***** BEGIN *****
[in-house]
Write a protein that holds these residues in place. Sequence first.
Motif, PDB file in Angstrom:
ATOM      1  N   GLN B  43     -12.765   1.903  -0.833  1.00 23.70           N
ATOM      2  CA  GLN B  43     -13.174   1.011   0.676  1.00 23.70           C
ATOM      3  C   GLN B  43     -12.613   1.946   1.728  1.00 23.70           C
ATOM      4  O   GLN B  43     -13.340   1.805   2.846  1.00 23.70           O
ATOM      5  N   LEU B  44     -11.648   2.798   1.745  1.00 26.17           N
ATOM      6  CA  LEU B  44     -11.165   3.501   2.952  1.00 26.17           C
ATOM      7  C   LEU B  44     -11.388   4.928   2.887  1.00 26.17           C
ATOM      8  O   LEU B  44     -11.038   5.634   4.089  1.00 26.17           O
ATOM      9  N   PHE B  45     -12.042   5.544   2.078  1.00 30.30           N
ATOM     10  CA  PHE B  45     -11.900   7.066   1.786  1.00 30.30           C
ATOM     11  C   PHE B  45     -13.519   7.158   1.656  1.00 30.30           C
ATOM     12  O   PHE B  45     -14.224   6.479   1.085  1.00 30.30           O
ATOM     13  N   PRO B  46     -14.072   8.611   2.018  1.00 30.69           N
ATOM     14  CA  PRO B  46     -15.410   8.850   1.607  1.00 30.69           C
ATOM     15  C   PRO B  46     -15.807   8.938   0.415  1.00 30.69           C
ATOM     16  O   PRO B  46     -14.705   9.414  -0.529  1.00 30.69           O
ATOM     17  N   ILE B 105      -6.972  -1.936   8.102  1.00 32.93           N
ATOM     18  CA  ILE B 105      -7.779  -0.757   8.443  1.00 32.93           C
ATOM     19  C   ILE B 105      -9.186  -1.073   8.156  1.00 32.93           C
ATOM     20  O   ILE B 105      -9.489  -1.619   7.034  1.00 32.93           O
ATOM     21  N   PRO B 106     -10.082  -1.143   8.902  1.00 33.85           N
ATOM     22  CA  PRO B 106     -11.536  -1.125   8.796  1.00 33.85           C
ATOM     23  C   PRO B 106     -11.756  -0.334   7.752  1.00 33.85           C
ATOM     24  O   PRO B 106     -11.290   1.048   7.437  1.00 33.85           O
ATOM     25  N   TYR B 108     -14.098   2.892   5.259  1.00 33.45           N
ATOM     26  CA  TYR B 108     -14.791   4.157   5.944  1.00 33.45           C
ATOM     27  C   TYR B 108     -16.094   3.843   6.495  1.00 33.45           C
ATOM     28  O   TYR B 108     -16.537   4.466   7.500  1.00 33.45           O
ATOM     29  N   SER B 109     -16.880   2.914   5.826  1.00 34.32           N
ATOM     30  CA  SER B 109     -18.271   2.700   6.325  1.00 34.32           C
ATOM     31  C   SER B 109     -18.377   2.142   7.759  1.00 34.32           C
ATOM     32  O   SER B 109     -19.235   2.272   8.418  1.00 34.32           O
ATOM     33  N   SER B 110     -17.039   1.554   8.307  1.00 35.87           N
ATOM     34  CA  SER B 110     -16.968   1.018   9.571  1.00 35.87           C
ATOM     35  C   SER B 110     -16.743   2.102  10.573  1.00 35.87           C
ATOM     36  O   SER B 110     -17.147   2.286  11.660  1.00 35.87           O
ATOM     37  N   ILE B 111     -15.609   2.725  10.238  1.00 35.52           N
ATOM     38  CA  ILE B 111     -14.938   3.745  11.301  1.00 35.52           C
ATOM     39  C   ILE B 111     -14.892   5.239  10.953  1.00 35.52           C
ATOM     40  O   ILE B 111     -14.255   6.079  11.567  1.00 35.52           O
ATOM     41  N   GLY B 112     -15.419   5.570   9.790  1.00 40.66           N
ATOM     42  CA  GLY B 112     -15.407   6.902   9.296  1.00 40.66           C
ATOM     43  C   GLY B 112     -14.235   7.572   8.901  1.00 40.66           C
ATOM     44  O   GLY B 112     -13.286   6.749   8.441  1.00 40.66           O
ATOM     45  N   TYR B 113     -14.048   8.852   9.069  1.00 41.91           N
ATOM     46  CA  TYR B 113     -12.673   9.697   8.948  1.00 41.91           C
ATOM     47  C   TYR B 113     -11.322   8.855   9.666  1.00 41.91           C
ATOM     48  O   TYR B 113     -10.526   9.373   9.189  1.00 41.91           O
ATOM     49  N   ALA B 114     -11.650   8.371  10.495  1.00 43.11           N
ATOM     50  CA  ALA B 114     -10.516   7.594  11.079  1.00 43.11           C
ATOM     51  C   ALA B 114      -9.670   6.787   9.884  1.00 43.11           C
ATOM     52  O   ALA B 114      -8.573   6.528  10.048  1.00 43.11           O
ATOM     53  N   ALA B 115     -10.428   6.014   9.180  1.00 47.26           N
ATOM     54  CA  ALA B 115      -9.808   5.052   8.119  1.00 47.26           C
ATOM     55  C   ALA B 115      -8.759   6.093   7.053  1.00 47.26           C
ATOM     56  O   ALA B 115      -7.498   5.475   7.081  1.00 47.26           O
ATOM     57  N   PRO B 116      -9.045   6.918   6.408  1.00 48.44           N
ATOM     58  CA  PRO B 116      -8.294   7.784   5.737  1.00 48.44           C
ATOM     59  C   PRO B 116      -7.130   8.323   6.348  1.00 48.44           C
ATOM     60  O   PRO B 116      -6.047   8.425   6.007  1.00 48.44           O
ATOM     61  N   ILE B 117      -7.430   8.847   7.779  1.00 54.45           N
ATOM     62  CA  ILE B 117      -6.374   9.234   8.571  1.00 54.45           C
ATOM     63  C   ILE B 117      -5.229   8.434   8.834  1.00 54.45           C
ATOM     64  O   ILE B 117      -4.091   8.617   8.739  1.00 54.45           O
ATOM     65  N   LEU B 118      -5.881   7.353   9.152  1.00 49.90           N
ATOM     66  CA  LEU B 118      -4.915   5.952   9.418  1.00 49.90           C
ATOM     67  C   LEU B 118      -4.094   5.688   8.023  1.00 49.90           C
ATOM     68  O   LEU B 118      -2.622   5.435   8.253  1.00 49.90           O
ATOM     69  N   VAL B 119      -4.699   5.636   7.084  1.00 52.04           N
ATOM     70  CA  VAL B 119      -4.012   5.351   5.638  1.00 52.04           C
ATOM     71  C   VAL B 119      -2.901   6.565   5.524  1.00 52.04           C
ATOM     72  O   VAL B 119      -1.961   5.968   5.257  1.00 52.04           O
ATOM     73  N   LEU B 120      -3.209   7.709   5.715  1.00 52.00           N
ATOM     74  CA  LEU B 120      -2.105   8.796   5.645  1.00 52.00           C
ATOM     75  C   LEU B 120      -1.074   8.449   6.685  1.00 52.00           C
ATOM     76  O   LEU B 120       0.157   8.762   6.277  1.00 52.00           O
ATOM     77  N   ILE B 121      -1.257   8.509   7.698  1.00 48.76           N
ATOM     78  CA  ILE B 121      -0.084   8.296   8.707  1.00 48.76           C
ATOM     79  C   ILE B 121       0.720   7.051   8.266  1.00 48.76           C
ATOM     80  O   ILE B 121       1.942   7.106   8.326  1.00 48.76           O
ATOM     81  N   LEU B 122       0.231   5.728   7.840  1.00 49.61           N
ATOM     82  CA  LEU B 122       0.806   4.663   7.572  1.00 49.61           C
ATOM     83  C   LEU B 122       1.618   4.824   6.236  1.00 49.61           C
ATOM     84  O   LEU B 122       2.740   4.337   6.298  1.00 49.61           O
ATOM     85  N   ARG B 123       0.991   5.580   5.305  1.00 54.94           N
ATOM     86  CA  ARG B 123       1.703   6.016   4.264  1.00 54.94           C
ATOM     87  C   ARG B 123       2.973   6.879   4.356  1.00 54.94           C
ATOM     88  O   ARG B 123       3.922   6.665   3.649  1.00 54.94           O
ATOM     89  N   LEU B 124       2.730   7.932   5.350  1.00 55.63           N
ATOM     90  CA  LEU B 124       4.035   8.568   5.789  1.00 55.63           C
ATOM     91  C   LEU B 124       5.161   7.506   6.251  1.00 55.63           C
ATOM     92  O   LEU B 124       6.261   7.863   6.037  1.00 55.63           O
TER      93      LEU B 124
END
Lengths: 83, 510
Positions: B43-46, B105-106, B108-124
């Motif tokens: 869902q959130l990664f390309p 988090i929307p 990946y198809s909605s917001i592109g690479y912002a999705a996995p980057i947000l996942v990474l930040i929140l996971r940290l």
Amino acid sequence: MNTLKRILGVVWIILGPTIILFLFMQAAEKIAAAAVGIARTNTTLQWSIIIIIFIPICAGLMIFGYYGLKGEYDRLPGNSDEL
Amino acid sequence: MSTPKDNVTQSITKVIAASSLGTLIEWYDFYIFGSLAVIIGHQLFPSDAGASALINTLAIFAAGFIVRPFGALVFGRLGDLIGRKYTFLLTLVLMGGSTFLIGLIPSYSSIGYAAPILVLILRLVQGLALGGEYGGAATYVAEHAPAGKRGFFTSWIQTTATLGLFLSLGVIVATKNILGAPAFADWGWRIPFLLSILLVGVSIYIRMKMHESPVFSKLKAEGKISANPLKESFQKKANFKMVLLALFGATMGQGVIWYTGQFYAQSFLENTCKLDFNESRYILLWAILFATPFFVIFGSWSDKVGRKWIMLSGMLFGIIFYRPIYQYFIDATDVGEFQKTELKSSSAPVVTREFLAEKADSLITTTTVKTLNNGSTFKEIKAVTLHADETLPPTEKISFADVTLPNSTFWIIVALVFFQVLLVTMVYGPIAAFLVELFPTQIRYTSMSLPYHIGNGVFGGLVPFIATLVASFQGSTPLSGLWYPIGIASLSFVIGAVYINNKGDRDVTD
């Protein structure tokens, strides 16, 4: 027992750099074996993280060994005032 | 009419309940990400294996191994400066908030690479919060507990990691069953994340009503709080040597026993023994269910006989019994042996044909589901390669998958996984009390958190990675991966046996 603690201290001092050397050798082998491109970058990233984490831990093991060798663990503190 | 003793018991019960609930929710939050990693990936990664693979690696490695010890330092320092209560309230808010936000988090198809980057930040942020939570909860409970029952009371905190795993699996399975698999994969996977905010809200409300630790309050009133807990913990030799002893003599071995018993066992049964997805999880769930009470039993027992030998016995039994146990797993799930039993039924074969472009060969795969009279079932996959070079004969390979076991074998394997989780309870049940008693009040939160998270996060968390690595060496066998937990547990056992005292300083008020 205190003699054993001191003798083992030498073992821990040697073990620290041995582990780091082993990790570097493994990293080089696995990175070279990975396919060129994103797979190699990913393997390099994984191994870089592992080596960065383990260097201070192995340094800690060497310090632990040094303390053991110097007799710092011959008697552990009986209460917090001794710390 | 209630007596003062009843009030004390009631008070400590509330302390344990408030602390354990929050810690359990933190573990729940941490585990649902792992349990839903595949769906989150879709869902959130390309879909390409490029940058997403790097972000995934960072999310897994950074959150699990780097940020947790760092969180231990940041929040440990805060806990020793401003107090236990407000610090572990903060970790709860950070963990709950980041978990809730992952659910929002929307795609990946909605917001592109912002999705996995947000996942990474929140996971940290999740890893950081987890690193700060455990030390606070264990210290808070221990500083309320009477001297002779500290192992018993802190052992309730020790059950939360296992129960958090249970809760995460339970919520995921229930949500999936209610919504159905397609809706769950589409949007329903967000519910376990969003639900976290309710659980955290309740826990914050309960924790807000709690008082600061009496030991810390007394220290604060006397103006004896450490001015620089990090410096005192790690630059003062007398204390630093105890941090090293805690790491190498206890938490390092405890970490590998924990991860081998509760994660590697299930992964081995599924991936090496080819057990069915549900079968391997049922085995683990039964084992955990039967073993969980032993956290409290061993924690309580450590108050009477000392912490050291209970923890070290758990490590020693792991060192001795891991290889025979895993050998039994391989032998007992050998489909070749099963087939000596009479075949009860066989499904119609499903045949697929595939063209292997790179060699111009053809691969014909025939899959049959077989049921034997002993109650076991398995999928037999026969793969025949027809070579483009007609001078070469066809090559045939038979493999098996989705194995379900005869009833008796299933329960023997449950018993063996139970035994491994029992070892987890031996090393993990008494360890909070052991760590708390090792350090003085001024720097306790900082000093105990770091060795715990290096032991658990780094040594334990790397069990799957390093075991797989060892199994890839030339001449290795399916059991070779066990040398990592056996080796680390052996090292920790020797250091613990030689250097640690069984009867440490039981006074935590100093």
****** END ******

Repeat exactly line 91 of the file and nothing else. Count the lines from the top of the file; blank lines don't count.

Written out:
ATOM     88  O   ARG B 123       3.922   6.665   3.649  1.00 54.94           O